– There is no important difference in the tasks they perform. If there are
any differences these should be assessed with reference to the frequency with
which they occur, and to the nature and extent of the differences. If the man
has a much wider range of duties than the woman, this will constitute a
significant difference

Work rated as equivalent

If a job evaluation scheme commissioned or carried out by the
employer has shown that a woman’s and man’s work have been rated as equivalent,
the woman will be able to compare herself to the man for the purposes of the
EPA. These schemes, if carried out properly, will serve as conclusive evidence
in any legal challenge brought under the EPA.

Work of equal value

Whether a complainant’s work is of equal value to that of a comparator will
usually be decided by an independent expert, although employment tribunals
always hold a preliminary hearing before an expert is appointed, to eliminate
claims that have little or no chance of success.

Equal value cases are notoriously complicated, long and expensive. The best
way to avoid a challenge of this sort is to have properly carried out and
implemented job evaluation schemes in operation, agreed by employees or their
representatives.

Material difference

In any claim under the EPA, it is open to the employer to show the
difference between the woman’s and man’s pay is due to a material factor other
than sex. The employment tribunal will ask two questions:

– Is there a material difference between the two employees, other than sex?

– Is the difference in pay genuinely due to that material difference? It is
enough for the employer to show that it genuinely believed the difference to be
material even if it was not reasonable to treat the difference as material

Examples of material factors are:

– Seniority, length of service, merit or skill

– Economic factors or administrative efficiency – where a particular type of
employee is in high demand, for example, and the employer offers vacancies at a
higher rate of pay than existing employees earn. However, there are significant
problems with this type of argument

– The fact the two employees have been appointed to different grades,
although if this reason is simply a cloak for unlawful discrimination it will
fail

– Where employees who have been redeployed to a lower-paid position after a
redundancy exercise have maintained their former salary. Again, this is a
difficult argument and decisions should always be considered for the equal pay
implications.

Action point checklist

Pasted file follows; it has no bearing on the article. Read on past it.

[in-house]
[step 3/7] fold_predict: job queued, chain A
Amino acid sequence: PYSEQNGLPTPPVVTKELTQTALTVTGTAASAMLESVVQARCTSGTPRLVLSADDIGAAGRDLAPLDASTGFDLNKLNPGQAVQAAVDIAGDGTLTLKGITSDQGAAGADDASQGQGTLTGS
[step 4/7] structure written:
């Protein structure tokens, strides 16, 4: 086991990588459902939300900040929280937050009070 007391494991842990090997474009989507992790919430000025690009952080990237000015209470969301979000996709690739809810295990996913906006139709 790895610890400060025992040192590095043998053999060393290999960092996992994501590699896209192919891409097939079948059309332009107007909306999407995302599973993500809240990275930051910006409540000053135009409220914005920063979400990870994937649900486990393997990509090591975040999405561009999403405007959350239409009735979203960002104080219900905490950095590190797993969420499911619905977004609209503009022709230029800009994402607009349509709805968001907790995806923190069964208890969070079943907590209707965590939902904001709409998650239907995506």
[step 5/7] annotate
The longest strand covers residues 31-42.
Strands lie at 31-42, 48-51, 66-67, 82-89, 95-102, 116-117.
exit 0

– Wherever possible, carry out and
implement a job evaluation scheme. This will provide a framework for planning,
monitoring and justifying pay differentials, and will be conclusive evidence in
any equal pay challenge

– Approach each term in the contract of employment separately.
For instance, do not try to compensate a woman who receives lower pay than a
man with some other kind of benefit, or vice versa

– When devising criteria for levels of pay, avoid things which
are harder for one sex to comply with than the other. If such criteria are
included ina pay structure, they must be relevant to the job

– Check implications of protecting a redeployed employee’s
salary

Questions and answers

How does the law interpret "like work" between a
man and a woman?

A woman may claim equivalence with a man who does the same or
broadly the same job as her. The nature of the job must be the same. There must
be no important difference between the tasks they both perform. So, if the man
has many more duties than the woman, or a higher level of responsibility, this
may constitute a significant difference, meaning there cannot be a valid claim
for ‘like work’.

If a woman does a different job to a male colleague but both
jobs are rated as equivalent, has she any grounds to argue equal pay?

Yes, a woman can claim she should be paid as much as a man
whose job has been rated as equivalent to hers in the employer’s job evaluation
scheme. Indeed, a well thought out and properly implemented job evaluation
scheme is the best way for employers to justify the pay structure in the
organisation. Acas has produced a guide to help employers set up job evaluation
schemes (www.acas.org.uk).

Are we liable for an equal pay claim if we have not carried
out a job evaluation scheme?

Even if a woman does not perform like work to a male comparator
and there is no job evaluation scheme, she can still claim her work is of equal
value. An independent expert will usually be appointed to carry out assessment
of the value of the jobs. However, because this is a time consuming and
expensive route, a tribunal will usually carry out a preliminary hearing before
appointing an expert.

How can we demonstrate that the difference between a woman’s
and man’s pay is for reasons other than their sex?

You can argue the difference is due to factors unrelated to
gender, including seniority, length of service, merit or skill. However, if you
argue market forces dictate the levels of pay on offer for men and women, this
in itself could be interpreted as indirect sex discrimination depending on the
market forces in question.